This ideology makes sure that you aren’t reliant on anyone but yourself for empowerment and change in your life.
So wait. That’s great. Continue with why you don’t take insurance again. I’m not entirely convinced.
I assume most people don’t know what goes into making a formal insurance diagnosis for mental health. Having worked a lot of time in mental health agencies (which are amazing resources and have taught me much of what I know as a mental health practitioner now), I’ve spent a lot of time with the Diagnostic and Statistical Manual of Mental Disorders, 5th Edition: DSM-5 (DSM-5) and speaking with insurance companies and utilization review (UR) departments. For those of you who don’t know, UR departments are those people who fight your insurance company for coverage.
Yeah. We have to do that.
Because insurance companies don’t tend to listen very well when a certified, licensed, highly educated professional makes a health recommendation for an individual’s treatment.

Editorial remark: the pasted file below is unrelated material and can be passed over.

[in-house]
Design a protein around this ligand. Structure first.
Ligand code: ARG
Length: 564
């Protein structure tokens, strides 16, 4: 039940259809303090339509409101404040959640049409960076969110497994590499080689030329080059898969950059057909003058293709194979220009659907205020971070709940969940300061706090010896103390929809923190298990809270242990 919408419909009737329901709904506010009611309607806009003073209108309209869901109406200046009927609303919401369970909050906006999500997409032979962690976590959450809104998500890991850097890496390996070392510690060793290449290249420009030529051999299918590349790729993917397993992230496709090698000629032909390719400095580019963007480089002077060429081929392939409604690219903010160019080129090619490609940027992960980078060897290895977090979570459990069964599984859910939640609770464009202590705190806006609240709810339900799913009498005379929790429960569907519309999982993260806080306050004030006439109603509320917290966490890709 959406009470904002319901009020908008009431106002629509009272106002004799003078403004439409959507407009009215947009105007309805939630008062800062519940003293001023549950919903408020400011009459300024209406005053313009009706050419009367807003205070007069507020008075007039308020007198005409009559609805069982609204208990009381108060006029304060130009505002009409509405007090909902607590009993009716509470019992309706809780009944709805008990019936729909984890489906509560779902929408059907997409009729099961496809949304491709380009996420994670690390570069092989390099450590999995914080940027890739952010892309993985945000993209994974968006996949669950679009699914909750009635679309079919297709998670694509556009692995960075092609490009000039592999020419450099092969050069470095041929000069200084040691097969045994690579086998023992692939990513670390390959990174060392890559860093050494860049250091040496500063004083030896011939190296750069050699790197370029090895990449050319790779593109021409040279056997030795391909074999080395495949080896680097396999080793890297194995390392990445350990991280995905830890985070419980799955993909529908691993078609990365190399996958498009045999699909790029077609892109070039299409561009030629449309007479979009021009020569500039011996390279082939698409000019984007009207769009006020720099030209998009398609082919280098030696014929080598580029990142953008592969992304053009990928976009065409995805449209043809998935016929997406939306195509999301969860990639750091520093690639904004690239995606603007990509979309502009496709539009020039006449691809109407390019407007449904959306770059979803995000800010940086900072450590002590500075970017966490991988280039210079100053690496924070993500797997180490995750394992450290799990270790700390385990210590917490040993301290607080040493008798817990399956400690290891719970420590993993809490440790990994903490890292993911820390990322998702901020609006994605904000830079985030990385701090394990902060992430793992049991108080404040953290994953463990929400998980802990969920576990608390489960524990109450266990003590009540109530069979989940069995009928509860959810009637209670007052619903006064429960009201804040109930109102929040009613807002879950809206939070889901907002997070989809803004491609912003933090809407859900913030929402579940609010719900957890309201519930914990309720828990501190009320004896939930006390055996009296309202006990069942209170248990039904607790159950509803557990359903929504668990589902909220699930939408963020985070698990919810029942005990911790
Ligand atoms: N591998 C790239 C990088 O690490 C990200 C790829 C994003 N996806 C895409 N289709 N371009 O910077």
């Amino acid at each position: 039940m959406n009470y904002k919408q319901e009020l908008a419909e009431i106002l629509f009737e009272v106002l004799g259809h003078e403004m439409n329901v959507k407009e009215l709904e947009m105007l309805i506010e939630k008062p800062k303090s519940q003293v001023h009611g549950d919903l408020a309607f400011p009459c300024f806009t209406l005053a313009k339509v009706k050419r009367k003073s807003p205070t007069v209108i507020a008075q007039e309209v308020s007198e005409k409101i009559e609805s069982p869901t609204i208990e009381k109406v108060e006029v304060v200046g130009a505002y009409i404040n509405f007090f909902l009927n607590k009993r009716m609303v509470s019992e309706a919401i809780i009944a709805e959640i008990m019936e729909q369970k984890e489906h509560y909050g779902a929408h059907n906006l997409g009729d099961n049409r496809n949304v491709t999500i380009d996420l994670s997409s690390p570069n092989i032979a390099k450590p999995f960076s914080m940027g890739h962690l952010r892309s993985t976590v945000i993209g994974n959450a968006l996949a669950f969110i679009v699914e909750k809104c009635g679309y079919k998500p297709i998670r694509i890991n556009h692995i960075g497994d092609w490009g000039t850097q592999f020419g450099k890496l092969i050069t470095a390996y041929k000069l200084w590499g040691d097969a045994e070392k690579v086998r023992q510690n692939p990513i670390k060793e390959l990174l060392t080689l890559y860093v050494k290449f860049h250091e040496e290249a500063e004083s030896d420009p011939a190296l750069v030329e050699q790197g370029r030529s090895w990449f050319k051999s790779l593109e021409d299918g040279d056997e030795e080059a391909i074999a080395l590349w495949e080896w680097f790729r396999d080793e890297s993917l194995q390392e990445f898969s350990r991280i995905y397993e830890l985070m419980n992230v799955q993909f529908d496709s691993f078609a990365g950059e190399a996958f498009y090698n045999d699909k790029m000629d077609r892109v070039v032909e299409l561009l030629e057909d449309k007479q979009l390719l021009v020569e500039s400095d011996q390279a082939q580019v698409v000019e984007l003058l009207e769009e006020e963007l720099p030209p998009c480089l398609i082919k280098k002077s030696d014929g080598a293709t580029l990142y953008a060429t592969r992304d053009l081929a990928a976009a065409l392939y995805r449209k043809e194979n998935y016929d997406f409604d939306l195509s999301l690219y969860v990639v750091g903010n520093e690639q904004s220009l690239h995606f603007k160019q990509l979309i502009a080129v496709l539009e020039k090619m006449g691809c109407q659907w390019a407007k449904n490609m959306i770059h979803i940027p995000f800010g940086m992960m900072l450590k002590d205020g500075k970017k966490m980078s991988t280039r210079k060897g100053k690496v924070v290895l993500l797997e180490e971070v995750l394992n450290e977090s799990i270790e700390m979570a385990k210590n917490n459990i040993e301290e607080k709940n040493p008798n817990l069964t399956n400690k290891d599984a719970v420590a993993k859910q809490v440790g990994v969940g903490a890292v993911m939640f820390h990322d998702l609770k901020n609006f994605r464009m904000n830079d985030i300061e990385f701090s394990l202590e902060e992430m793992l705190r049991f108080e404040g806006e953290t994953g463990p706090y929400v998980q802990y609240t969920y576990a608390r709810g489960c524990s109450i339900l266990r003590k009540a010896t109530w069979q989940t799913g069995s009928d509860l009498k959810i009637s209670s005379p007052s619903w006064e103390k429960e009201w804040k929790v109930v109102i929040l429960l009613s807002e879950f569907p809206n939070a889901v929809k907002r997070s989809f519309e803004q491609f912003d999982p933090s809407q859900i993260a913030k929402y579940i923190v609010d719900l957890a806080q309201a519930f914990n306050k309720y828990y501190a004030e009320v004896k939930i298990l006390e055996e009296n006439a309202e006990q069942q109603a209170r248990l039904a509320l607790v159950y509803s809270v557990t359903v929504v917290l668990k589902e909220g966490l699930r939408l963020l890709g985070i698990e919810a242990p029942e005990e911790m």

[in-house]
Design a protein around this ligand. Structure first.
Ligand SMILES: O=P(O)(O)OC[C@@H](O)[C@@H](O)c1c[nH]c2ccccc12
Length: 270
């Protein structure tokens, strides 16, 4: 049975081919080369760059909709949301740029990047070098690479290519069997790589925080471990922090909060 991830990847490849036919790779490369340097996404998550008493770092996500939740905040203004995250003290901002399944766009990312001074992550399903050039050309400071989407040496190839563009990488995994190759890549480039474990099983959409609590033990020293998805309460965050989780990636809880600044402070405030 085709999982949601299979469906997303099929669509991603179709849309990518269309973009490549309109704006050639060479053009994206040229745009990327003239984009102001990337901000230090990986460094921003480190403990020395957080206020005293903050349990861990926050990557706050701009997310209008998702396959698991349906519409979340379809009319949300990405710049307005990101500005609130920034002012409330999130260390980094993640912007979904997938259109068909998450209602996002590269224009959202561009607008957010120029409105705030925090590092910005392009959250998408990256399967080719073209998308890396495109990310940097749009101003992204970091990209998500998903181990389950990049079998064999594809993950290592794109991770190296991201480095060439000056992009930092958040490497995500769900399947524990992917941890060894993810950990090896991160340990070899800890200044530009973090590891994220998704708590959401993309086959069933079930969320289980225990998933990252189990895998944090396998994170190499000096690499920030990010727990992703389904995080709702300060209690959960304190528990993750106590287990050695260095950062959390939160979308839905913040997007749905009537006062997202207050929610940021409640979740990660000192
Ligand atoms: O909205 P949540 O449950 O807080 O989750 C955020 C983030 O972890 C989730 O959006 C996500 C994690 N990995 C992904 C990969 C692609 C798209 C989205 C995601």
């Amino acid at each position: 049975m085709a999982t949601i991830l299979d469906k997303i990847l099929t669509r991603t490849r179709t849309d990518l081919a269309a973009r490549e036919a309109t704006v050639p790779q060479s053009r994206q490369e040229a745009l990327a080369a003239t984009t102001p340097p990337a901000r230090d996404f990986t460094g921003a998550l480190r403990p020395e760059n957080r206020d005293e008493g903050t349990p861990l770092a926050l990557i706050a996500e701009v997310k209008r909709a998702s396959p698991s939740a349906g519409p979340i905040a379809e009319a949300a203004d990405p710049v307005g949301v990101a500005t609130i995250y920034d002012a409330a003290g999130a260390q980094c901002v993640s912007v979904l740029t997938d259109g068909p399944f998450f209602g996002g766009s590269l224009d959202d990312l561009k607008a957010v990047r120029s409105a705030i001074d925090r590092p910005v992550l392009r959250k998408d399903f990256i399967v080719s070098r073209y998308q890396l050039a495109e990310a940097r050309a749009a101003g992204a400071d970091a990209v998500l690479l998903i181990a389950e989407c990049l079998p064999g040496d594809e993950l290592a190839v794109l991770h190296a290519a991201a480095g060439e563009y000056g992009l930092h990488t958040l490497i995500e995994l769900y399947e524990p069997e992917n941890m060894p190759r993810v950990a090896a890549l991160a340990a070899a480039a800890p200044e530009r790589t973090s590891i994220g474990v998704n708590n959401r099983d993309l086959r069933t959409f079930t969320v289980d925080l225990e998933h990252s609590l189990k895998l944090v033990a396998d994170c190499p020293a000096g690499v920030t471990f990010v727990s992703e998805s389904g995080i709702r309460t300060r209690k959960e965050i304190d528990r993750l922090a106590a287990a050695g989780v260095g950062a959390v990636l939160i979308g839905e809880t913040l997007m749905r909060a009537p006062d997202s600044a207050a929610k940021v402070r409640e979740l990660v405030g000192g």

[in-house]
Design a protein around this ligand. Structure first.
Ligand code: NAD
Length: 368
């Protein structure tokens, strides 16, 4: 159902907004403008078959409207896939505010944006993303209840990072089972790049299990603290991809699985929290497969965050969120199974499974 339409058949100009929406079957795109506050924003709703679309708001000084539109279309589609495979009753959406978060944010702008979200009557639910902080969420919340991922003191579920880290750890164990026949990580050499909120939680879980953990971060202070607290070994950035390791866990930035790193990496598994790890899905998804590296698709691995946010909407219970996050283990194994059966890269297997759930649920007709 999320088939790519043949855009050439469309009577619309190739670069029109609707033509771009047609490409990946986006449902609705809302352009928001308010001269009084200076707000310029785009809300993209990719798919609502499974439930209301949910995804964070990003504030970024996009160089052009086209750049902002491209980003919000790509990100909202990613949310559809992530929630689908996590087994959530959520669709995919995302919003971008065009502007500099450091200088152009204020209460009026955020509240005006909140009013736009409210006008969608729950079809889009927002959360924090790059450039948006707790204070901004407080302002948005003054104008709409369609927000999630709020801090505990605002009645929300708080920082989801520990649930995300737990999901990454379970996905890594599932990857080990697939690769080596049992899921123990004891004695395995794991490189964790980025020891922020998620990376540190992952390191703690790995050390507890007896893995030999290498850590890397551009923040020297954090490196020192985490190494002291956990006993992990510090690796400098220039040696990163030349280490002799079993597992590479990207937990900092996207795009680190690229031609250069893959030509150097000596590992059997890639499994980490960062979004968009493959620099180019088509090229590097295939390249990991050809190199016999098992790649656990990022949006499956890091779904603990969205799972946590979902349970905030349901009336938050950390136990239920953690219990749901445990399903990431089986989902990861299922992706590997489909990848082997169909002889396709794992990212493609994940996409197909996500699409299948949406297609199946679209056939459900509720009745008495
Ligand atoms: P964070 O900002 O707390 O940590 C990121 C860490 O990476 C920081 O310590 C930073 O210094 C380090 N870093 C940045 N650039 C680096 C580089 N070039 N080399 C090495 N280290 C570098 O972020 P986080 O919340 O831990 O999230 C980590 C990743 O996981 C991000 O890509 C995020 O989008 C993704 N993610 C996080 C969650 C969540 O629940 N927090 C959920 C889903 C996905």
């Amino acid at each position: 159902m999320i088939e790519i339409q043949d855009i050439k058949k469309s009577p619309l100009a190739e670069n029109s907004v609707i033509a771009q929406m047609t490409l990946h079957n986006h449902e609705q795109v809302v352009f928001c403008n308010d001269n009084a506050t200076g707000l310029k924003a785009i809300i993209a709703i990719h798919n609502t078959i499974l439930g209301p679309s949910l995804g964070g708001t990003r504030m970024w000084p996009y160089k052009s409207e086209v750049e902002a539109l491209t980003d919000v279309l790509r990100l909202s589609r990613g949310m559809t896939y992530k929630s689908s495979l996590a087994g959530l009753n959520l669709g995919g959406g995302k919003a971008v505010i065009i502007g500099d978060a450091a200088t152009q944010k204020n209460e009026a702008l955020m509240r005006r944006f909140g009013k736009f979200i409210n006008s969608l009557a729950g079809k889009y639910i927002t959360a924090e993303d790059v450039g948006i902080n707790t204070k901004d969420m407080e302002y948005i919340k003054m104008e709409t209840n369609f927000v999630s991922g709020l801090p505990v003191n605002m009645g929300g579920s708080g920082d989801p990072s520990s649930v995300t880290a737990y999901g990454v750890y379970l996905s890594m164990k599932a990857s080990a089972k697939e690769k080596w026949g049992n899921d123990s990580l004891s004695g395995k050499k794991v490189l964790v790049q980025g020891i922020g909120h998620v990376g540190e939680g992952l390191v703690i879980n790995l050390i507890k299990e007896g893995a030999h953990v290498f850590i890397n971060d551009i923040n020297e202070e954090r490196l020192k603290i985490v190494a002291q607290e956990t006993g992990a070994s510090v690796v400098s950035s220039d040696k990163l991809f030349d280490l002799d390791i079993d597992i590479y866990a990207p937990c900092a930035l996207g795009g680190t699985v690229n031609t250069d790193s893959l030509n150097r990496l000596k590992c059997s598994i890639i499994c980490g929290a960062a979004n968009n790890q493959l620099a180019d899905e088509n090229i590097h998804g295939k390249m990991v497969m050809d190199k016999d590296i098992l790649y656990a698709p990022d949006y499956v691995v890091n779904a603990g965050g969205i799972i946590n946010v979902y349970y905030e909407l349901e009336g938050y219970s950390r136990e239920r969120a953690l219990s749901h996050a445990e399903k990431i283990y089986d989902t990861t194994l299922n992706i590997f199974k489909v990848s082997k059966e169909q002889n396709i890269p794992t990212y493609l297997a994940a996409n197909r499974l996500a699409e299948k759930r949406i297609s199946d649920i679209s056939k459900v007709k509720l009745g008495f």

Yes, it’s infuriating for everyone.
If you ever meet someone who works in UR, buy them a coffee, give them a hug, etc. They’re the reason your insurance company does much of anything beneficial for you.
The way it goes is the clinician will make a recommendation for treatment and devise a treatment plan. This will get run past the insurance company who usually denies coverage for part or all of the plan.
Furthermore, when a formal diagnosis is made, that sticks with the patient for the rest of their time with that insurance company and can directly impact decisions made about the client’s care. This can also have greater implications for future careers.